Location: Cushing OK
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I found one ancestor's family back to 1400. The lived in a village, ending in 'on the fields'. They appeared to have skills, so they weren't serfs, but they must have roused themselves daily to see the imposing Norman display which would have been built. About 1600, it no longer refers to fields, which means they were enclosed for sheep. That generataion is listed as 'laborors'. The next one are listed in East London and I checked and they hadn't ever actually moved. London grew and absorbed their village. Two generations came as convicts who were sold as they'd turned to the common profession for the east end of thief.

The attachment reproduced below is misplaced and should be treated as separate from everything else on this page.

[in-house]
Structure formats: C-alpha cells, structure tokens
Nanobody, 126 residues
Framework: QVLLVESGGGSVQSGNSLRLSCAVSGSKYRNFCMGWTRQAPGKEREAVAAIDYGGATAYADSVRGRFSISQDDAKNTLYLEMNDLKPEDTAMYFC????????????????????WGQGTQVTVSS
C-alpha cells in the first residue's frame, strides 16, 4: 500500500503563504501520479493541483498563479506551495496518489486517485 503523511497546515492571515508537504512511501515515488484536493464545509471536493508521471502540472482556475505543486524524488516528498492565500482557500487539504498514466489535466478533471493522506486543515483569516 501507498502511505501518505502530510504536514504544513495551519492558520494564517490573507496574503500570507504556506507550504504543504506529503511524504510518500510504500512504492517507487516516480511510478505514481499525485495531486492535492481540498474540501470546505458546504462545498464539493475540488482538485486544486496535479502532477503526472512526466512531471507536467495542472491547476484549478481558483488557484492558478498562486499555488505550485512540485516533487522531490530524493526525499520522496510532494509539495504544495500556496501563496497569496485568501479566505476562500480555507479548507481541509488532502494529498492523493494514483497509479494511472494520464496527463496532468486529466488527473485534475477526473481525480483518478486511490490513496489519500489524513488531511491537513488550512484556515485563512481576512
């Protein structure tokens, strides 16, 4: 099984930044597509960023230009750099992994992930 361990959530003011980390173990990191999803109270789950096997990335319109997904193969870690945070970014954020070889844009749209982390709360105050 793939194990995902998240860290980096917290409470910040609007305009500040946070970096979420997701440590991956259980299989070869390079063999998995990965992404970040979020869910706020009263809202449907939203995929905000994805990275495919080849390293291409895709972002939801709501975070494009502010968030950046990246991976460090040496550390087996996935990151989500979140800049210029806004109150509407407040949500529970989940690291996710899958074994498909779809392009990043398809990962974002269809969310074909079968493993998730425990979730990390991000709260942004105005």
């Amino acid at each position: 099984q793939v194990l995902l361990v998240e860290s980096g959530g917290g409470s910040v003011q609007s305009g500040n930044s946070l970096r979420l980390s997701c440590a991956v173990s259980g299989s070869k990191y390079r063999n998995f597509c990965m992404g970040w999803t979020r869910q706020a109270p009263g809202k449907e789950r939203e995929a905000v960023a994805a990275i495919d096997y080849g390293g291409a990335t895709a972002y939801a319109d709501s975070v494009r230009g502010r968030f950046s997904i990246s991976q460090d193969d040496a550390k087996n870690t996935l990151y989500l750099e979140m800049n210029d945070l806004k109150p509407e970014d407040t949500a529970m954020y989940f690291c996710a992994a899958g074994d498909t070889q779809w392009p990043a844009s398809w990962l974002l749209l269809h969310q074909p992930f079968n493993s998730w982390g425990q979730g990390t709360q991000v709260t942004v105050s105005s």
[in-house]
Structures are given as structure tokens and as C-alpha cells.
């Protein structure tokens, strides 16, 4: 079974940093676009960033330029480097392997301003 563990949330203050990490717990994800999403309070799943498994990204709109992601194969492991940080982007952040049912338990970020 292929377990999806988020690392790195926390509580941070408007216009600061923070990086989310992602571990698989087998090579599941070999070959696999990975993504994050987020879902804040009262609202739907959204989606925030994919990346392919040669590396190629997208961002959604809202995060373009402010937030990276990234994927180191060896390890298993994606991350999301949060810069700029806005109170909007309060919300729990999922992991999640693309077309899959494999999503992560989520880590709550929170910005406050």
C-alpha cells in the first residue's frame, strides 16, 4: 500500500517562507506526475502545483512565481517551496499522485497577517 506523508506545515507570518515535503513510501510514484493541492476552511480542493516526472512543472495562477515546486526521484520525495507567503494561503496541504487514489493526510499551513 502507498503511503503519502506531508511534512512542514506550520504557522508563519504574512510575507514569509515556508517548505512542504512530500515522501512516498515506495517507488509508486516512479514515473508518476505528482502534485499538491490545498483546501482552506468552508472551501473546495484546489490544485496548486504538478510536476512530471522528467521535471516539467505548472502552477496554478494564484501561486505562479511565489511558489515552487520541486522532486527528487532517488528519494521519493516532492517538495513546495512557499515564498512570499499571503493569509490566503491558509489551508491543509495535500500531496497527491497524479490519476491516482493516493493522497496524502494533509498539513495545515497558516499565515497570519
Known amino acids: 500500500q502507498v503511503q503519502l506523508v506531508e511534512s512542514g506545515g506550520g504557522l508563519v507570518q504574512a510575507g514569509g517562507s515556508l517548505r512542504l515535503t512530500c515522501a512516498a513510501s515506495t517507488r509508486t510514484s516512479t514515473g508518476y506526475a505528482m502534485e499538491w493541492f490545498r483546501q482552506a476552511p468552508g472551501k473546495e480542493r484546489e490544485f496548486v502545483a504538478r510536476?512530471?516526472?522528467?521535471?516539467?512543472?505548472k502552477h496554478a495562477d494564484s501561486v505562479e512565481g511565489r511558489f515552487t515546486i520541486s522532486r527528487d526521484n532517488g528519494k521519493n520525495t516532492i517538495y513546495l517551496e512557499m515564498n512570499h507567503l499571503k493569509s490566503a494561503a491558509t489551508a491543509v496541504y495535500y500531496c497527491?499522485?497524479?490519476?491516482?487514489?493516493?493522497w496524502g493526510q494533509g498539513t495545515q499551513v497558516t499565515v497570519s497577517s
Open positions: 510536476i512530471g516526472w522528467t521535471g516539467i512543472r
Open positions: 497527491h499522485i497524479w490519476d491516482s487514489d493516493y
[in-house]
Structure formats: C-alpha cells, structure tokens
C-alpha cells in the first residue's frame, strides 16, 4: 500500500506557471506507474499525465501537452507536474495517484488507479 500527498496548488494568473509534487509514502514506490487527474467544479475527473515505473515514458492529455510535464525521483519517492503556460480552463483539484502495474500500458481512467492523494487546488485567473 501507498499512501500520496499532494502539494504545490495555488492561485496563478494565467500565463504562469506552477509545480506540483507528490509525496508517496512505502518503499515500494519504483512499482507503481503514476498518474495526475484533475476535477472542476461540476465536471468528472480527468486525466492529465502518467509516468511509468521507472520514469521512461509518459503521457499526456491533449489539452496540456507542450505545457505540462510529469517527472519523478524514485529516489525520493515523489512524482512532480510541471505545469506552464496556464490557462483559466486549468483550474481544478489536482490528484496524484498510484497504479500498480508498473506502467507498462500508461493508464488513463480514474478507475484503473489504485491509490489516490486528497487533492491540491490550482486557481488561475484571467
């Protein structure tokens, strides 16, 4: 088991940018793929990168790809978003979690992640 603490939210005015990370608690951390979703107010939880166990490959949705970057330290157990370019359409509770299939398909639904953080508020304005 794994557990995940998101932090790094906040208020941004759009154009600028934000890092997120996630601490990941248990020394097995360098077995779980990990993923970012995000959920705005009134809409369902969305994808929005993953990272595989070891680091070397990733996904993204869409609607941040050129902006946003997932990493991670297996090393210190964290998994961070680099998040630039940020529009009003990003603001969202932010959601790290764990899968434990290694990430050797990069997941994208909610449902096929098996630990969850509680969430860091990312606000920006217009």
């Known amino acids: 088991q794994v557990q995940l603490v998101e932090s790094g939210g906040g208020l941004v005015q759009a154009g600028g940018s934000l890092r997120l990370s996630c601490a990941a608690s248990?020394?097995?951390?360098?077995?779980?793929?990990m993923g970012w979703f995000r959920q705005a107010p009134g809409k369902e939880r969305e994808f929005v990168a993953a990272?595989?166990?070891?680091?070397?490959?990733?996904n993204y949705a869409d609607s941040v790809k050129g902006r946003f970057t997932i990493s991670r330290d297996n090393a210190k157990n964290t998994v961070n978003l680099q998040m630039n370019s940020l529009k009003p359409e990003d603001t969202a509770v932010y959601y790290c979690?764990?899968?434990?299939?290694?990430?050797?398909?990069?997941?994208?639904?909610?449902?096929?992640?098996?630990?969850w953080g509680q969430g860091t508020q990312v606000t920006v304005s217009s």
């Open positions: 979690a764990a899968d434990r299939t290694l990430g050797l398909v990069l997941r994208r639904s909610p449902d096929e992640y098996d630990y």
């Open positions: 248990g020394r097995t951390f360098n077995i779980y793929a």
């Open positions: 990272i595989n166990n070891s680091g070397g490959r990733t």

Now when I read about the history, how the wealthy chose sheep over people, and how all that incredable misery that the East End of London represented was lived by direct ancestors, it really means something. It's not abstract history. No, I didn't know them, but the direct 5xgreat grandfather lived past a poor birth, over a year in the pit british prisons were, transportation, eleven years of captivity, and lived to 91 and a strong family. This does mean something, and its about the sort of people you came from. That is clearly reflected in closer ancestors, including one who's farm was burned out in Missouri at the very beginning of the Civil war, but came back and started all over again when it was done. And when puny little problems come along, its most inspiring to think of what others who came before me endured, survivied, and got past.